What Is RIE Parenting?

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Whether you're the mom of a newborn or a parent of a toddler, it can be overwhelming to realize that you are now responsible for another human being. For this little one, you are the center of their universe. Everything they need—whether that is food, safety, love, learning, or comfort— is supplied by you. That is a tall order when you really think about it.

For this reason, proponents of RIE Parenting encourage parents to involve their babies in their own caregiving from the very beginning in order to take some of the pressure off of the parents. This begins by talking to your baby and treating them like a dignified person rather than a helpless infant from day one.

History of RIE Parenting

RIE, which stands for Resources for Infant Educarers and is pronounced "rye," is a parenting philosophy developed in 1978 by baby specialist, Magda Gerber, who urges parents to interact with their babies as unique human beings.

The RIE parenting style has been growing in popularity in recent years in reaction to helicopter parenting and lawnmower parenting, which tend to be more controlling parenting styles. The basic premise of RIE suggests that parents need to trust that their infants and toddlers are capable of participating and playing without a lot of parental intervention.

Overall, Gerber and her followers believe that when you allow and encourage moments of independence in your little ones' lives, you are not only building their confidence but you are also encouraging their competence. Additionally, Gerber says that when you empower your baby, you take some of the stress off of yourself. Eventually, babies will learn to take part in their own caregiving, she says.

The goal of RIE is to treat even the youngest infant as a unique human being and not an object. Parents who use this parenting method trust their babies and observe them carefully in an attempt to decipher their needs.

Additionally, babies are allowed lots of uninterrupted playtime to explore their surroundings with the goal of learning new skills on their own.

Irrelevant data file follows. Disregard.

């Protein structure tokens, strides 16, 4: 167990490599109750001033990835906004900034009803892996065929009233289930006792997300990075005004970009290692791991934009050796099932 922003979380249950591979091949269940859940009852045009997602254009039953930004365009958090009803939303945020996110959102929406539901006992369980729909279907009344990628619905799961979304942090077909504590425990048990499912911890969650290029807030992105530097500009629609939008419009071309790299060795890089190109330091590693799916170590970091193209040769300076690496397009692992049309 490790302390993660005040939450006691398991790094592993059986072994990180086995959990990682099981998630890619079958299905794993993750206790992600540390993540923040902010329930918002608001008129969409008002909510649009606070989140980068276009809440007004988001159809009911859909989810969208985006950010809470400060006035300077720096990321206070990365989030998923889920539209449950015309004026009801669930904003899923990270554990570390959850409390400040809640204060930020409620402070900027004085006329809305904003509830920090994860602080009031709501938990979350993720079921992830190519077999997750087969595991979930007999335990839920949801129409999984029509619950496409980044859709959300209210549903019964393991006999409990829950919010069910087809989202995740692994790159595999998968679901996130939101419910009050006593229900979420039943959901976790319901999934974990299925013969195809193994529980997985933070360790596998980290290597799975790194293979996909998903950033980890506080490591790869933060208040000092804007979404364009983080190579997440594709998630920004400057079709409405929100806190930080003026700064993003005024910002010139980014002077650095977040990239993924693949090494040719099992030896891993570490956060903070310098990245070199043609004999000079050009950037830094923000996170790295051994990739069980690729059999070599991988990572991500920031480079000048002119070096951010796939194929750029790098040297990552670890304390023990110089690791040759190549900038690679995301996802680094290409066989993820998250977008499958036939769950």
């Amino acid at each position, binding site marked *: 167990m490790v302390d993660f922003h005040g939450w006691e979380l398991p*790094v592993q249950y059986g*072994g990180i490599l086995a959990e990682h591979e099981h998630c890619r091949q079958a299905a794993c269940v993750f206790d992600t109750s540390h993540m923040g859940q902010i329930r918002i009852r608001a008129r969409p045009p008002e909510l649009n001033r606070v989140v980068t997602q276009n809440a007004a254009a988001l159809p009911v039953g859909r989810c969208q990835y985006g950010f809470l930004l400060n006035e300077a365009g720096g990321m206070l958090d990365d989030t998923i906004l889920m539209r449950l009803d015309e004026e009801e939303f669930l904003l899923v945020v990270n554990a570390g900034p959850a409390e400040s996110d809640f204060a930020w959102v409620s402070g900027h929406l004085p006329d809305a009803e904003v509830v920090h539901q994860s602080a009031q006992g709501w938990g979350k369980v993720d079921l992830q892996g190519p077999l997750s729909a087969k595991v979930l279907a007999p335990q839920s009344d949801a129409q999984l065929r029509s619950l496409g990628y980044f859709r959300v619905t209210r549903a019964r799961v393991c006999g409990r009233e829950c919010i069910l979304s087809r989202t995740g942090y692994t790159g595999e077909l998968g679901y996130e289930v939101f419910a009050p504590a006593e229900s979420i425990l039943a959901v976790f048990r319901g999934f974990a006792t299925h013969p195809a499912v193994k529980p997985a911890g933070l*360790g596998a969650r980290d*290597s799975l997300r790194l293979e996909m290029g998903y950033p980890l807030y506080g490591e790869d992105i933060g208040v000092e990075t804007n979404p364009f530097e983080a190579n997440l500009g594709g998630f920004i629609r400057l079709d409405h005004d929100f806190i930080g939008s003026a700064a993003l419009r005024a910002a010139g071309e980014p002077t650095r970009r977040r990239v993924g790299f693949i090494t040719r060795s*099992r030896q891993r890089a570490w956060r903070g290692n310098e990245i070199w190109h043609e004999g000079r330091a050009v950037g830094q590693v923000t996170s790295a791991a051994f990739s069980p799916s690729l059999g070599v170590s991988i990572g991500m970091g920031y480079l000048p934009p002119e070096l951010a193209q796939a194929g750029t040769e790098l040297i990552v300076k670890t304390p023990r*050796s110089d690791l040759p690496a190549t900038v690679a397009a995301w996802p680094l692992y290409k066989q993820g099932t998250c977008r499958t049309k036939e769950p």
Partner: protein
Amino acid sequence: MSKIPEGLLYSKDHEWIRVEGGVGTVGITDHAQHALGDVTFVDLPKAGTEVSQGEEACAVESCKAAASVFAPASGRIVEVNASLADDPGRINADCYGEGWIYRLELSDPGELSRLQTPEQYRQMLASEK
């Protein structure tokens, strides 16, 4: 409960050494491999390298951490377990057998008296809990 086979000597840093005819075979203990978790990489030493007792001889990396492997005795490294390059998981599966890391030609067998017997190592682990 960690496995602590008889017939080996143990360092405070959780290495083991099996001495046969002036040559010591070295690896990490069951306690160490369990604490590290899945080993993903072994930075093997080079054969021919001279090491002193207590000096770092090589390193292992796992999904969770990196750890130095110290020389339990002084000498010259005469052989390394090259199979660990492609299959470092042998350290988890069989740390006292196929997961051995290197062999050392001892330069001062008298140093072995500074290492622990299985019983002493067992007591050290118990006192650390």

What this means, is that every time the baby encounters an issue or cannot navigate something; the parents do not immediately jump into action and rescue them. They hold back and allow their baby enough space to figure it out. As an "educarer," they only offer help when necessary and allow their baby to master different skills on their own.

RIE Parenting in Action

They also encourage their babies to take part in their own caregiving. In addition to explaining what they are doing, such changing a diaper, they also ask for the baby to participate. For instance, they might say "can you raise your legs while I clean your bottom." Even though a newborn will need Mom or Dad to do that for them, eventually, babies will be able to participate in the diaper changes by holding their legs up.

Additionally, every time they do something to care for their baby, such as buckling a car seat, RIE parents ask their baby for permission. Even though their newborn cannot answer them or give consent, RIE parents insist they are building an important foundation for their baby's future autonomy.

What's more, parents who use the RIE parenting method, believe that it is very important to honor their baby's choices about their own body. In doing so, they hope that they will not only understand that their body belongs to them, but the bodies of others are not their property either.

In the end, they never want to force physical touch on their child, and they never want anyone else to force physical touch either. This includes changing diapers without permission, picking them up without permission, and forcing them to hug or kiss someone against their will.

Pros and Cons of RIE Parenting

Most parents who use RIE Parenting believe that when children are given some "appropriate choice" about their caregiving, they will develop a greater sense of autonomy. They want their kids to learn not only how to make healthy choices about their own bodies, but to respect others' bodies as well.

Pros of RIE Parenting

When it comes to RIE Parenting, most of the guidelines are second nature to new parents. They talk to their babies and tell them what is going on. From explaining what a doggy is, to showing them what a book looks like, most parents are engaging with their kids on a regular basis. So, RIE parenting does not seem like a stretch for them.

The primary difference between what comes naturally to most parents and where RIE takes it a step further is in their approach to talking with their babies.

RIE suggests that you shouldn't just do things to your baby, like changing a diaper, but instead should start asking permission. This request for permission sets the stage for giving your child a voice in what happens to them.